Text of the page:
Friday at CNN started off strong with another bombshell report that seemed to tie members of the Trump campaign — even the president himself — to Wikileaks, but it quickly turned sour when questions arose about the timeline of CNN’s report. Eventually, they were forced to walk back their reporting, even announcing that the piece “was incorrect.”
In the original story (which is still online, though it’s now littered with edits), CNN reported that Donald Trump and his eldest son received an email (presumably from a Wikileaks contact) on September 4, 2016 and that the email offered a key allowing access for hacked documents. The network claims that the story they ran was based on two sources who saw the email — they write that the document was provided to “congressional investigators,” so there’s a pretty good chance that their sources were a pair of congressional staffers. Just after CNN published their story, The Washington Post ran another story with the correct date — September 14, 2016 — and the network was forced to apologize for their earlier reporting.
Though there’s only a ten-day difference between CNN’s original date and the corrected date stamped on their new piece, the timeline is crucial. As The Washington Post noted in their report, the hacked emails offered to the Trump campaign were already public on Sept. 14; they were published only a day earlier. The emails’ sender, who claims his name is Michael J. Erickson, wrote that “Wikileaks has uploaded another (huge 678 mb) archive of files from the DNC.” An attorney for Donald Trump Jr. told the Post that the campaign received “a ton of unsolicited emails like this on a variety of topics.”
Unsurprisingly, the shaky story caught the eye of White House supporters and Donald Trump Jr. spent Friday afternoon blasting tweets at CNN, criticizing their reporting.
The timeline in this story is especially important, because Donald Trump Jr. and Wikileaks are both huge parts of the investigation into Russia’s hacking of the election. Most U.S. intelligence officials say that Wikileaks is a nefarious organization — Trump’s own CIA Director, Mike Pompeo, described them as a “non-state hostile intelligence service.”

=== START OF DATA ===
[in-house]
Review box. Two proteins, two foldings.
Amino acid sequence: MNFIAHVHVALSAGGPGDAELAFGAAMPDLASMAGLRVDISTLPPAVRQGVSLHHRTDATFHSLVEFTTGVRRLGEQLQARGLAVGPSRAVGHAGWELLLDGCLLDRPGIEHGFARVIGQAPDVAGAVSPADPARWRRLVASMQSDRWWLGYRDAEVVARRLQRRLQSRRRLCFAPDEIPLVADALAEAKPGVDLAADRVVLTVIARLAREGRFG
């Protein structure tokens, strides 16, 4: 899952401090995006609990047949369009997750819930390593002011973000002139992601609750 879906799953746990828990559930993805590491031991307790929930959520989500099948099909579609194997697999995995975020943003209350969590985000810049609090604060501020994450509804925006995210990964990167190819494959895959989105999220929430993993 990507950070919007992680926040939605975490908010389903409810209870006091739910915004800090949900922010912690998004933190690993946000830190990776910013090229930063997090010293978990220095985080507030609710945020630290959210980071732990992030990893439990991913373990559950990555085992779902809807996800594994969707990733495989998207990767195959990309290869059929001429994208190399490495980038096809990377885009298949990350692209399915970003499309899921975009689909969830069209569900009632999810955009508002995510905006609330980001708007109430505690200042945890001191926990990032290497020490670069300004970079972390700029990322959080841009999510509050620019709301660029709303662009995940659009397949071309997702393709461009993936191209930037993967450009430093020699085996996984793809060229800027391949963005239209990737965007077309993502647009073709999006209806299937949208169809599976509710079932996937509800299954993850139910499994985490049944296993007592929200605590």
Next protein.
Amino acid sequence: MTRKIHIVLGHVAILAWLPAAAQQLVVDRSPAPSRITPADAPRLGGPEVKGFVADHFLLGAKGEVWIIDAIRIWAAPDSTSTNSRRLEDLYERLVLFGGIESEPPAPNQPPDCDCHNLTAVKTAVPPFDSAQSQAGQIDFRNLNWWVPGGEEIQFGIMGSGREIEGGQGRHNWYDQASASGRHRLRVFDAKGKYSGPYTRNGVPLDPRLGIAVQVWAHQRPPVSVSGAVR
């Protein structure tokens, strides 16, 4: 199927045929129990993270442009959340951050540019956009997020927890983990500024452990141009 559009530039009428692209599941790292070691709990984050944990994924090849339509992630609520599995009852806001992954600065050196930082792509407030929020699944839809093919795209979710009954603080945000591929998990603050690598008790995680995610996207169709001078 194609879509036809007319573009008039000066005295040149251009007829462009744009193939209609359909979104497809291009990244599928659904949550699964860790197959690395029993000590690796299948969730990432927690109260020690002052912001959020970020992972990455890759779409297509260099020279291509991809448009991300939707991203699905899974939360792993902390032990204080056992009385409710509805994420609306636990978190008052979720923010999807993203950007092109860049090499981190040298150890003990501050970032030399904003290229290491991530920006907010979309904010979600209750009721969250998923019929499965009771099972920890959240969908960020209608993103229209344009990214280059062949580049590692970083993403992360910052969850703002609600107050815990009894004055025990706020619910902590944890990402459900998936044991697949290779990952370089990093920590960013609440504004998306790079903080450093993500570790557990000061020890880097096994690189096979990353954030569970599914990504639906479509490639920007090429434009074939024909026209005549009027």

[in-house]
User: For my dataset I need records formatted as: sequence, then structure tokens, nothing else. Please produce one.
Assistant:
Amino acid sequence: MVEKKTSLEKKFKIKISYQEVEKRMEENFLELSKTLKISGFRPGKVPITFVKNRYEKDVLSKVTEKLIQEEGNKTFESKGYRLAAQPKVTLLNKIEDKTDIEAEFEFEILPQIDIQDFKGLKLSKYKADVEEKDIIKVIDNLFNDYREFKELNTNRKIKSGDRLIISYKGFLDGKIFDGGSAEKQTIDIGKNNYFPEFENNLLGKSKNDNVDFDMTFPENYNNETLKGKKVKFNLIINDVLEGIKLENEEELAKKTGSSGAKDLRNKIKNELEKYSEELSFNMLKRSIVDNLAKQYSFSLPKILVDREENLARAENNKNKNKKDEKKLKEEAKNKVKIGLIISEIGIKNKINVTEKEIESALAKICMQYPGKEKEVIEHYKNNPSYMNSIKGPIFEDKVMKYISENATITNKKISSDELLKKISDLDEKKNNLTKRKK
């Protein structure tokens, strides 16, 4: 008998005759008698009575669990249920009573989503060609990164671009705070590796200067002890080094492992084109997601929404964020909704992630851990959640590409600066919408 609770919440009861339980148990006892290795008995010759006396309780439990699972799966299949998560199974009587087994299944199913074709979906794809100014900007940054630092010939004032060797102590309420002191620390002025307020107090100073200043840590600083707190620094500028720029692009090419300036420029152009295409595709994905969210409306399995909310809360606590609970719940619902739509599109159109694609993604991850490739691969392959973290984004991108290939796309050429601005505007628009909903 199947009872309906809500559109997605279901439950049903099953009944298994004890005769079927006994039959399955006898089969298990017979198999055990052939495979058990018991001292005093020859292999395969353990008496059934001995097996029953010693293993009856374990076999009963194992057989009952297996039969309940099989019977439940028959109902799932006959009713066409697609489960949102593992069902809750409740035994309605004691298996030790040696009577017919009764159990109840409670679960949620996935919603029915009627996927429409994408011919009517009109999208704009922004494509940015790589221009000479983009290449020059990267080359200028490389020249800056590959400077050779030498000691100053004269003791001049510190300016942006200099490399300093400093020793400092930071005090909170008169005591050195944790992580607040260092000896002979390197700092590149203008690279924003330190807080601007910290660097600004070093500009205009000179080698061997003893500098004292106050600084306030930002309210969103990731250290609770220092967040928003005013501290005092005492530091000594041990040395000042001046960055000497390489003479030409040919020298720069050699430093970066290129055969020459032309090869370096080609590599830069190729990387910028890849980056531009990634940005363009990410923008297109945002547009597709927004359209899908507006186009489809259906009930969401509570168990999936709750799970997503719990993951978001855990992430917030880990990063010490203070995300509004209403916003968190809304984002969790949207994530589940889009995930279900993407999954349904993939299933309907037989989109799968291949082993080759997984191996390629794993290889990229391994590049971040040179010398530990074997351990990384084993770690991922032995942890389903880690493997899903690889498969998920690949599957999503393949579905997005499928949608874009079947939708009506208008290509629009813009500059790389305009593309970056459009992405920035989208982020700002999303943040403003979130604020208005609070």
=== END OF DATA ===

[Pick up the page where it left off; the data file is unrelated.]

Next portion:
Donald Trump Jr. is also beginning to find himself in the searchlight of investigators looking into Russia’s role in the election. On Wednesday, he spent seven hours before the House Intelligence committee talking about his meetings with a Russian lawyer and explaining his conversations with Wikileaks. According the Post, he denied reports that he spoke to his father about a statement to the New York Times before the paper broke a story about the Russian lawyer. Trump’s eldest son claimed that, instead, he spoke to communications director Hope Hicks. When pressed for information on the conversation that he had with his father immediately following the meeting with the lawyer, Trump Jr. claimed he had “attorney-client privilege,” which baffled the committee’s co-chair Adam Schiff (D-Calif.).
The 39-year-old first son hasn’t yet found himself before Special Counsel Robert Mueller’s teams of investigators, but there’s a pretty good chance that he will soon. Mueller’s team is usually a lot more tight-lipped than the congressional lot, so even if Trump Jr. does have the misfortune of meeting them, we probably won’t know anything about it until the special counsel decides to make his report public.